Cooperative Institute for Research in Environmental Sciences

Stephen Montzka

NOAA Research Chemist for NOAA ESRL Global Monitoring Laboratory

Headshot of Stephen Montzka
  • Ph.D., University of Colorado, Boulder, 1988

Research Interests

I am currently a Research Chemist at NOAA’s Global Monitoring Laboratory in Boulder Colorado.  My primary research interests revolve around understanding changes in the chemical composition of the global atmosphere, particularly related to ozone-depleting substances, greenhouse gases, and hazardous air pollutants; identifying the role of natural and human-related influences on atmospheric composition; diagnosing variability in the atmosphere's oxidizing capacity, in terrestrial photosynthesis, and in stratosphere-troposphere exchange; quantifying fluxes of trace gases from the United States; and effectively communicating scientific results to interested parties nationally and internationally, including the public and policymakers.

Current Research

From air samples collected on an ongoing basis from surface sites and aircraft, and that are analyzed in our Boulder labs to determine concentrations of over 40 different trace gases, insights into science- and policy-relevant questions can be gleaned.  Data obtained from the analysis of these samples via high-precision gas chromatography coupled to mass spectrometry have been used recently for identifying an increase in emissions of CFC-11, an ozone-depleting substance banned by the Montreal Protocol in 2010.  This renewed emission increase persisted through 2018 but now appears to be on the decline.  The data we provide from this program and from other short-term large-scale projects (e.g.,NASA’s Atmospheric Tomography Experiment) have also been used in recent studies for investigating the influence of increasing concentrations of short-lived gases not controlled by the Montreal Protocol on the ozone layer (e.g., dichloromethane), 3) diagnosing the global and relative hemispheric concentration of the hydroxyl radical over time and estimating the impact of those changes on the global budget of methane, and 4) improving our understanding of regional and global budgets of carbonyl sulfide, which may enhance our understanding of CO2 uptake by terrestrial photosynthesis.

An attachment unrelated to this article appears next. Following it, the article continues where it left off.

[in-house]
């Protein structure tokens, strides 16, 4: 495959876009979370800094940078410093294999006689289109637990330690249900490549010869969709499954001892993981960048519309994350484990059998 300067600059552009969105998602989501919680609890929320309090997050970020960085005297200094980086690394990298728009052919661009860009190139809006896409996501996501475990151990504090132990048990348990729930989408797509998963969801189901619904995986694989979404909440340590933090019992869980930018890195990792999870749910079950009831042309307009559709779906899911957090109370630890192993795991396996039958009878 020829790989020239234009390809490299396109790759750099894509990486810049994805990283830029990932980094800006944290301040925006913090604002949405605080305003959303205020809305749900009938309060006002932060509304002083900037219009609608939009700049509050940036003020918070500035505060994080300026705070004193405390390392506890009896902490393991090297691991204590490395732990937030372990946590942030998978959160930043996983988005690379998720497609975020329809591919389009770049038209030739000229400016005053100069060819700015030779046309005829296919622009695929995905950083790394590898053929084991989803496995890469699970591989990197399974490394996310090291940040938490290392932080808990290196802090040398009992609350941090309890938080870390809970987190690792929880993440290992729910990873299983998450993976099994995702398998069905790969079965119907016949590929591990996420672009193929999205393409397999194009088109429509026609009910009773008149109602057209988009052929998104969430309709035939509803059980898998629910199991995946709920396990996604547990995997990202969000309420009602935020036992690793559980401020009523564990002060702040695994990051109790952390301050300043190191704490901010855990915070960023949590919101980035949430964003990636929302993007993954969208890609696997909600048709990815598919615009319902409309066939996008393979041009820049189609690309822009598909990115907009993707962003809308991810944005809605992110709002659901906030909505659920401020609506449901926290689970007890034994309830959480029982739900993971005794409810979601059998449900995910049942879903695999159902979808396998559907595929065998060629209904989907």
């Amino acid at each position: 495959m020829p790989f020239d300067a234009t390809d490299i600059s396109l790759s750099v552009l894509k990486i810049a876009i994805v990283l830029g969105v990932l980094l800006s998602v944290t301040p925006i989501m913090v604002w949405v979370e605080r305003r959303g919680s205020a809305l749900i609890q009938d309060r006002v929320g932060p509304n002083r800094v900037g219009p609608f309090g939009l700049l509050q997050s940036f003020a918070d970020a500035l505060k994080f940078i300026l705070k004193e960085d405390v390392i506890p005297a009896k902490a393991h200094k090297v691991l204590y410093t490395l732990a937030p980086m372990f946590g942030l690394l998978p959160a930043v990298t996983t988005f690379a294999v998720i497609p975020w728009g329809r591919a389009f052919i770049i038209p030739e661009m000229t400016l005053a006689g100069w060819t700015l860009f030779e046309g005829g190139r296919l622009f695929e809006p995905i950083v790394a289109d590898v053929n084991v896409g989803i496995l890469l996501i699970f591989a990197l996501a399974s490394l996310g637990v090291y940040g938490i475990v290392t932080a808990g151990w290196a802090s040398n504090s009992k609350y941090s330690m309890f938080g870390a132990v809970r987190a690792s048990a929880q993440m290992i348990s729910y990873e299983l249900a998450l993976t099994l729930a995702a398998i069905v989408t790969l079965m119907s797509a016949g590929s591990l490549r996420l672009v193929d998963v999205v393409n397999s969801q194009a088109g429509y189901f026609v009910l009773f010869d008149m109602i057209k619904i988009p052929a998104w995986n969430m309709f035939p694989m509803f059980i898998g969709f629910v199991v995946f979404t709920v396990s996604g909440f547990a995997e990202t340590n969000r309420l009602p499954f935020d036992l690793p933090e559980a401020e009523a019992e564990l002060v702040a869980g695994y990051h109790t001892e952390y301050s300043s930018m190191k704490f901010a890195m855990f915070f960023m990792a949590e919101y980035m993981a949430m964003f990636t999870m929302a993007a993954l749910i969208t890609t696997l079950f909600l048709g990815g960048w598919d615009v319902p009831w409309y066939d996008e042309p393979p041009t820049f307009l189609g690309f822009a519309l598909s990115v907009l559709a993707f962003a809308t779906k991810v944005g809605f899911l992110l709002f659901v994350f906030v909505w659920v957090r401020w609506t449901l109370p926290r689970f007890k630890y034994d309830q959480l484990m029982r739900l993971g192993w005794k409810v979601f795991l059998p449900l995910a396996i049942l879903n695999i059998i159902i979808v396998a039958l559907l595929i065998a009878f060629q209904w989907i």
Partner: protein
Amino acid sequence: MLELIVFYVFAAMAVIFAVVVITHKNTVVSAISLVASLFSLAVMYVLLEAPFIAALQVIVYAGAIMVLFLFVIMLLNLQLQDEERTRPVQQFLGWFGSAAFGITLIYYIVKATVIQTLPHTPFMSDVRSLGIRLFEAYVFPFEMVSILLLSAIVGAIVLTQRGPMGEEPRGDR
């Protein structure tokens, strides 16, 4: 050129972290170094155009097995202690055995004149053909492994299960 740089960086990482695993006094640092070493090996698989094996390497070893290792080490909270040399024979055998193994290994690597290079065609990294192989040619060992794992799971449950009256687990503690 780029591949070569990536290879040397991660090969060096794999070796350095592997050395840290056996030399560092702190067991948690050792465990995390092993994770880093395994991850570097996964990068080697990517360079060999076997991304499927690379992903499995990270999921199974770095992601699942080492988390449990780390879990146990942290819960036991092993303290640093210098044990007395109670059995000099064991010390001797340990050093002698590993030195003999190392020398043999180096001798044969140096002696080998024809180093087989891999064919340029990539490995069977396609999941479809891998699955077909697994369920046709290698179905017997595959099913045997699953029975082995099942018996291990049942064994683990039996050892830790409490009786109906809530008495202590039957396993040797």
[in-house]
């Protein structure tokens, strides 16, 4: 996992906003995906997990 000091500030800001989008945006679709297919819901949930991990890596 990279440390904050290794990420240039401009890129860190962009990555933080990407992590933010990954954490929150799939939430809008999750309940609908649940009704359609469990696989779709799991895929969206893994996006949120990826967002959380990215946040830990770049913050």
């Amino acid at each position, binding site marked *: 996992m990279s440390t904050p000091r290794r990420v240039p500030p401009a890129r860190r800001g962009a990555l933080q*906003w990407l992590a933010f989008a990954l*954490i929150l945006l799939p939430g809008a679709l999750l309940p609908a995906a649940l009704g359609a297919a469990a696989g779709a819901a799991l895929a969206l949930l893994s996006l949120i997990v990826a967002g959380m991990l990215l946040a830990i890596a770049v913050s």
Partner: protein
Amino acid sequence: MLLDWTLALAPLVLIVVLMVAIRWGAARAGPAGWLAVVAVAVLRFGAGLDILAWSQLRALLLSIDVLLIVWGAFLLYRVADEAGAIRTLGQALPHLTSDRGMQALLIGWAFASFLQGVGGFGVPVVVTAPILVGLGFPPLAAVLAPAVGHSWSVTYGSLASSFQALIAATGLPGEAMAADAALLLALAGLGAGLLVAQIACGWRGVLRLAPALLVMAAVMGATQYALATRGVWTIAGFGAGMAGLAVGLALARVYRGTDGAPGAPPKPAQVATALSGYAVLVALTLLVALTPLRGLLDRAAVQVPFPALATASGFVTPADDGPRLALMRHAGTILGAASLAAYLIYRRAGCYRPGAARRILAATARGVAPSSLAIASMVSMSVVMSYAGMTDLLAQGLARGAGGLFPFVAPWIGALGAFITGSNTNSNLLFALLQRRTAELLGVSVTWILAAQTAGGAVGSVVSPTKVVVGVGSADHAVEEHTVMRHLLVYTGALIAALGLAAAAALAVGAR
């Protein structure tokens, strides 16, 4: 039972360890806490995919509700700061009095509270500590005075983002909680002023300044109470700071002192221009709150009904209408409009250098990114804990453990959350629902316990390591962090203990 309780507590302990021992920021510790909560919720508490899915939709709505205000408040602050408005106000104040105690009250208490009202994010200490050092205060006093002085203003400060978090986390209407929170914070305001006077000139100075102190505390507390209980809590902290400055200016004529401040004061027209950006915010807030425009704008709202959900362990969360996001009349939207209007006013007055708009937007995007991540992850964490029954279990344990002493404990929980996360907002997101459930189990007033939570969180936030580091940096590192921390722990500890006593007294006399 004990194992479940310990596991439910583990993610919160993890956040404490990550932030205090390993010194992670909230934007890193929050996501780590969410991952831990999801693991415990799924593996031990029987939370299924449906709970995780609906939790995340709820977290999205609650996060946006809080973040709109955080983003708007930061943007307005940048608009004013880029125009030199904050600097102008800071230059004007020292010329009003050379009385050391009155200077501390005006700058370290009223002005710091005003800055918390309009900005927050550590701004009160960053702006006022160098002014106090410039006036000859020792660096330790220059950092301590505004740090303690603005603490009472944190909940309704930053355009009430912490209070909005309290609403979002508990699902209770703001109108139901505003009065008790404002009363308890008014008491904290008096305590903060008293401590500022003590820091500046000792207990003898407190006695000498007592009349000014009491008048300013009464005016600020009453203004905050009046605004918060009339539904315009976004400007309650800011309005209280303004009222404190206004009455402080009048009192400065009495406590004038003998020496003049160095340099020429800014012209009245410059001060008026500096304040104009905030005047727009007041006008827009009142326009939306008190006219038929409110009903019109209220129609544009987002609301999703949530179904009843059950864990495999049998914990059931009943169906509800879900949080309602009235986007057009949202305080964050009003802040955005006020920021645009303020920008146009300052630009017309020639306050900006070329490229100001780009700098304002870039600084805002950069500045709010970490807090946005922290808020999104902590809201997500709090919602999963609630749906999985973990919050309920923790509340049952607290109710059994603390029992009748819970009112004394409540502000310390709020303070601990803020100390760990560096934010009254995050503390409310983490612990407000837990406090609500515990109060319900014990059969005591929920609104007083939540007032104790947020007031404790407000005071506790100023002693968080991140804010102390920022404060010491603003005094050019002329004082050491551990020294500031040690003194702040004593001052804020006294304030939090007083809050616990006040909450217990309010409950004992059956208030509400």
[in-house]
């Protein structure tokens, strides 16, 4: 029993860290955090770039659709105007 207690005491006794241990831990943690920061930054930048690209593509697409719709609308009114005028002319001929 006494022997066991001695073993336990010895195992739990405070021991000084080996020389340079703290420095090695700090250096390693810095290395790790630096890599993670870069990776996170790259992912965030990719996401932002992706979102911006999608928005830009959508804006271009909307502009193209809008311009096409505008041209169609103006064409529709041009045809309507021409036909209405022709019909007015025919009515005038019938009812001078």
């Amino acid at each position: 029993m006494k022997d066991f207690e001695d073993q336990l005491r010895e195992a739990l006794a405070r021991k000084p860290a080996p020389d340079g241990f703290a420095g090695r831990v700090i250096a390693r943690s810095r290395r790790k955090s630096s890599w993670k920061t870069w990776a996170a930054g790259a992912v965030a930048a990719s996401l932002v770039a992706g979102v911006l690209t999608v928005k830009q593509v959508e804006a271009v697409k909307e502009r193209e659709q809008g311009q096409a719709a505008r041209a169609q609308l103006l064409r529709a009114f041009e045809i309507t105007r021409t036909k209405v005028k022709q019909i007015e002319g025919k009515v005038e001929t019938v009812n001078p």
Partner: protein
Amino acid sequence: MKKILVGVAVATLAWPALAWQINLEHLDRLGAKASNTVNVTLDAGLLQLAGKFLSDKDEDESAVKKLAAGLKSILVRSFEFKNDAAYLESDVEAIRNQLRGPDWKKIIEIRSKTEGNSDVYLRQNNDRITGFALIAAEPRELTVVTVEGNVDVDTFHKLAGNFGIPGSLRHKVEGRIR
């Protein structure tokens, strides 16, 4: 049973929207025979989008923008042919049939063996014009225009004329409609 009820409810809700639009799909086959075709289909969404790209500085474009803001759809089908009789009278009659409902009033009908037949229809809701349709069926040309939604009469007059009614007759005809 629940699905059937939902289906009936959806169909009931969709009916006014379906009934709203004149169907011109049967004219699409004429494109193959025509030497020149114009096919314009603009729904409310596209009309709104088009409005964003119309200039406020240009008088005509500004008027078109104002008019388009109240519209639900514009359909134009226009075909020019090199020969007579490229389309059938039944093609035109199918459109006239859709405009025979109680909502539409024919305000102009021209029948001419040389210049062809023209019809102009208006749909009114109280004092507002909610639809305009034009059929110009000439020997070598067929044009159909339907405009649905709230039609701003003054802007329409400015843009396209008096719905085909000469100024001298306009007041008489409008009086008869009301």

In addition to studying atmospheric changes on global scales, the U.S.-centric sampling program managed by the Carbon Cycle Group and NOAA has allowed investigations into national-scale issues.  Data obtained from this regional network have been used to quantify national-scale emissions of ozone-depleting substances and non-CO2 greenhouse gases that show how the Montreal Protocol has substantially added to the reduction in U.S. total greenhouse gas emissions in recent years.  These data have also been used to improve the quantification and attribution of atmospheric impacts associated with oil and gas exploration and development (including hydraulic fracturing) and enhance our understanding of continental-scale sources and sinks of carbonyl sulfide, a trace gas whose concentration changes over land to appear closely linked to terrestrial photosynthesis.

Research Categories

Atmosphere, Chemistry, Climate and Weather

Research Images

Honors and Awards

2000: NOAA Research Employee of the Year
2007: Excellence in Refereeing Citation by GRL - 2007
2008: U.S. Department of Commerce Silver Medal
2012: Excellence in Refereeing Citation by JGR-A
2014: Colorado Governor's Award for High-Impact Research, Team Member
2015: Nominated into the Montreal Protocol's Who's Who
2016: Excellence in Refereeing Citation by GRL - 2016
2018: Named a Fellow of the American Geophysical Union
2019: NASA Group Achievement Award, ATom mission
2020: 2019-2020 Clarivate Web of Science Highly Cited Researcher, Geosciences
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About CECA

CECA connects and creates a supportive environment for graduate students and postdocs who come from various academic units to do research in CIRES.